re training the ex racehorse part 10

 

Once the work in hand and lunging are established it is time to start the horse under
saddle. All of the systematic work previously carried out has led us to this point.
If the horse is working with the four essentials, forward contact on the outside reign,inside flexion, tempo and Rhythm you can be pretty certain that there will be a smooth transition to the ridden work.
By this time, any idiosyncrasies the horse may have should have been exposed, if at any time you are uncertain about mounting the horse seek experienced assistance.
Every workout at this point should move through work in hand into a minimum of 20
minutes lunging or however long it takes to have the horse traveling as you would like him to whilst ridden.

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“Bazaconi” part 12, a new direction

When I got bazaconi Home we went back to work.
It was like he hadn’t left. I was considering prepairing him for a dressage competition, I had decided that if I couldn’t tie down a future for him immediately, I would start to compete him. It would be good for the the TRT, it would bring further credibility to the program and improve Baz’s chances of finding another home.
I continued to consolidate his work, the period of light work with the failed new home had been good for him, his back had relaxed, it would be in better physical condition to move on with his education. I started to work on more accurate two track movements, I began to encourage some extension in his trot. He still needed to be ridden proactively at the canter but as long as he felt he was being ridden forward he was pretty good. Eventually his back got strong enough to cope with some longer periods of sitting trot.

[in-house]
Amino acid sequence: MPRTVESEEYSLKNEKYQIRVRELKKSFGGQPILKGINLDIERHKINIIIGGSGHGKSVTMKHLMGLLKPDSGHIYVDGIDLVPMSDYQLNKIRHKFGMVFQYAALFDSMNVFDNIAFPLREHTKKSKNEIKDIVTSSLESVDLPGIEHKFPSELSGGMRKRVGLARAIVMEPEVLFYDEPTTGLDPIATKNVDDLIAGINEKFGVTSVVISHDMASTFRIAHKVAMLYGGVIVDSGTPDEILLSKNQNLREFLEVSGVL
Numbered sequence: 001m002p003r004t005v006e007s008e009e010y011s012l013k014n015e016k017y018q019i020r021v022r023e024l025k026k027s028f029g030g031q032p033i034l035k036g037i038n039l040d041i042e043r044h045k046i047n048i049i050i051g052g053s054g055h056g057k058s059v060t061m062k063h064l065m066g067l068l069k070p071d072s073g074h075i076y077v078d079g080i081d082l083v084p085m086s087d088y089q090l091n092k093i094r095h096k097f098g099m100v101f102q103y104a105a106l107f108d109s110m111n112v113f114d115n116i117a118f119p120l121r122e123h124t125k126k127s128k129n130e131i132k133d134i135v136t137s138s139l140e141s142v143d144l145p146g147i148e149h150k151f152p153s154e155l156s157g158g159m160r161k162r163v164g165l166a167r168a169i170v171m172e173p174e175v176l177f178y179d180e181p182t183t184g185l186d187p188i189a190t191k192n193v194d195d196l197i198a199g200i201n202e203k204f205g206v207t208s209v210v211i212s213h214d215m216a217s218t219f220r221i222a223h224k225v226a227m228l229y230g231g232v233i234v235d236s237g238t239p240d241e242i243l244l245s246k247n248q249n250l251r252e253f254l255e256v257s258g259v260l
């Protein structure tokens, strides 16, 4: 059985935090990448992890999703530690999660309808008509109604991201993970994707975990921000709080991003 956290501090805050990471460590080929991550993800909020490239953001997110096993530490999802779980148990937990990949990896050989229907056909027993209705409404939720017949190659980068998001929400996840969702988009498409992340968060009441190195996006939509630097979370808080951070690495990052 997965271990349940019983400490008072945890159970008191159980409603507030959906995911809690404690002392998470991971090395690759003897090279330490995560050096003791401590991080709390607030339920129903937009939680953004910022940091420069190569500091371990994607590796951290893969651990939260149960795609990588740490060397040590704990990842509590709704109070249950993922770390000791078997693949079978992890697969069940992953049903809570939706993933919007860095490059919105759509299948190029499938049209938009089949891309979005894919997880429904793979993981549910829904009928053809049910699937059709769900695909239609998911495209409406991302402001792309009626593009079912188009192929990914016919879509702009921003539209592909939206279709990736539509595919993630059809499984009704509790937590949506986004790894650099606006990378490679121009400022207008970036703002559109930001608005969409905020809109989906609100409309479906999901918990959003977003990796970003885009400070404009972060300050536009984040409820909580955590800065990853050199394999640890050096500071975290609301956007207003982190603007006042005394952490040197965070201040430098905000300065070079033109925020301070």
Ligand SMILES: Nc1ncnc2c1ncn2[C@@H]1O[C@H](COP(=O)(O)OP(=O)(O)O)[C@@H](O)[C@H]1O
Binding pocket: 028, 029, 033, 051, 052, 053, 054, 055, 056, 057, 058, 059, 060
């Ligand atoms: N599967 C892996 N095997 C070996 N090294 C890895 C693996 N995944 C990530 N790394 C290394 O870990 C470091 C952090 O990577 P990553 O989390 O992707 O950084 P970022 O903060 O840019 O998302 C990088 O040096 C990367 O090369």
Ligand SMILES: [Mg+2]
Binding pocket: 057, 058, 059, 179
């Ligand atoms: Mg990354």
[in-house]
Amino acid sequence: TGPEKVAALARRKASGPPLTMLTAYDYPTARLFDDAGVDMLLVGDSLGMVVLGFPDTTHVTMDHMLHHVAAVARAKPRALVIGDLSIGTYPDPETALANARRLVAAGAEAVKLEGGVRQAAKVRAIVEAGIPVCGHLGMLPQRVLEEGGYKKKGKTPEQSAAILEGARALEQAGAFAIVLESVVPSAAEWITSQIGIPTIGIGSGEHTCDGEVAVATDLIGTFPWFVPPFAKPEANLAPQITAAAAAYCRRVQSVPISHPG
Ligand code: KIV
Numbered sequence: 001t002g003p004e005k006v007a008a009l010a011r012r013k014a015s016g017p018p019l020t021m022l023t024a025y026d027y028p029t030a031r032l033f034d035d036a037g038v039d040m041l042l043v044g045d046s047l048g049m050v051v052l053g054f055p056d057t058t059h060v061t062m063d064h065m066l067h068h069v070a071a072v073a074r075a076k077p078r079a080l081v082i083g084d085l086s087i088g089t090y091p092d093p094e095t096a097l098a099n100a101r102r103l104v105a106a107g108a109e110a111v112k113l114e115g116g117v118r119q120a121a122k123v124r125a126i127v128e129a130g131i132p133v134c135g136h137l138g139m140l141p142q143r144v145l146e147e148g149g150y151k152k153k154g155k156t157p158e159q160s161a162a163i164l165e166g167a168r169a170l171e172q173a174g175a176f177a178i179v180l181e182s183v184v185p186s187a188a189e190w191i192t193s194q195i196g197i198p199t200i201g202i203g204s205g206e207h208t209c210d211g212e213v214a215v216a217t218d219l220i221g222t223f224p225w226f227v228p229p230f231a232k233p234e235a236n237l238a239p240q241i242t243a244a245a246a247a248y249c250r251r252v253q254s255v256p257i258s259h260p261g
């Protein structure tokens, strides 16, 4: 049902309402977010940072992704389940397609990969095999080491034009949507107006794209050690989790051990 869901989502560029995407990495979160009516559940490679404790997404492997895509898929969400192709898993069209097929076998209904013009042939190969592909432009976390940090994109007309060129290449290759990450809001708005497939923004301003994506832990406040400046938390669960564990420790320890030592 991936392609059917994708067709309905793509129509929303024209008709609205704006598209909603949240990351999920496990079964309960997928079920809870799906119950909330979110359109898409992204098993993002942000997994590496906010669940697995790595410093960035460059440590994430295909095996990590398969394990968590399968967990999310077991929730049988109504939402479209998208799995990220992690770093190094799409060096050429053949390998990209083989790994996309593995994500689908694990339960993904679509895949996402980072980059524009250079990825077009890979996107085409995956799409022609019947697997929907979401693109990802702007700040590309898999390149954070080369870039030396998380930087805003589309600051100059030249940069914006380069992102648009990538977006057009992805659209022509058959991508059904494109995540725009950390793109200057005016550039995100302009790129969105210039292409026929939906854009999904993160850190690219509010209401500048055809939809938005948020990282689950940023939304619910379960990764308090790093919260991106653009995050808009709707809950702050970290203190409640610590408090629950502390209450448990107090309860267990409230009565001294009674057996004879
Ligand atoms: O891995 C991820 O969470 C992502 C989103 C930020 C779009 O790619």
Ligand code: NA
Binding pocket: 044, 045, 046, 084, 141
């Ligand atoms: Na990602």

At about this time I was due to hold a week long course for ex service personnel suffering from post traumatic stress disorder, it was to be held at the glorious “Cedars at kangaroo valley” I run these courses from time to time it’s considered experiential therapy and helps these guys and girls dramatically, it is quite inspirational. Horses are great teachers

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Bazaconi’s new students, ex service personnel from the “the Cedars equine experience ” kangaroo valley. With facilitators Scott Brodie and Barry digger on the beautiful shire horse, bred at the stud on the property. The equine assisted therapy sessions at the cedars are creating new hope for service personnel suffering the depilitating effects of PTSD. 

How can horses help soldier with PTSD ?
The horse is a social animal existing in extended family groups with complex friendships and relationships. In many ways equine society mimics primitive human society though, unaffected by our modern emotions, 1st world problems and preconceived moral and community boundaries.
Many of our raw natural instincts are still present, bubbling below the surface of the superficial day to day issues of modern life.
Instinct never ceases to exist unless there is a reason for it to do so.
For instance body language which we still use extensively, sometimes subconsciously, is still exhibited and deciphered every day of our lives. Our fight or flight response which is rarely called upon in our daily existence is still strong, under pressure it will rise to the surface.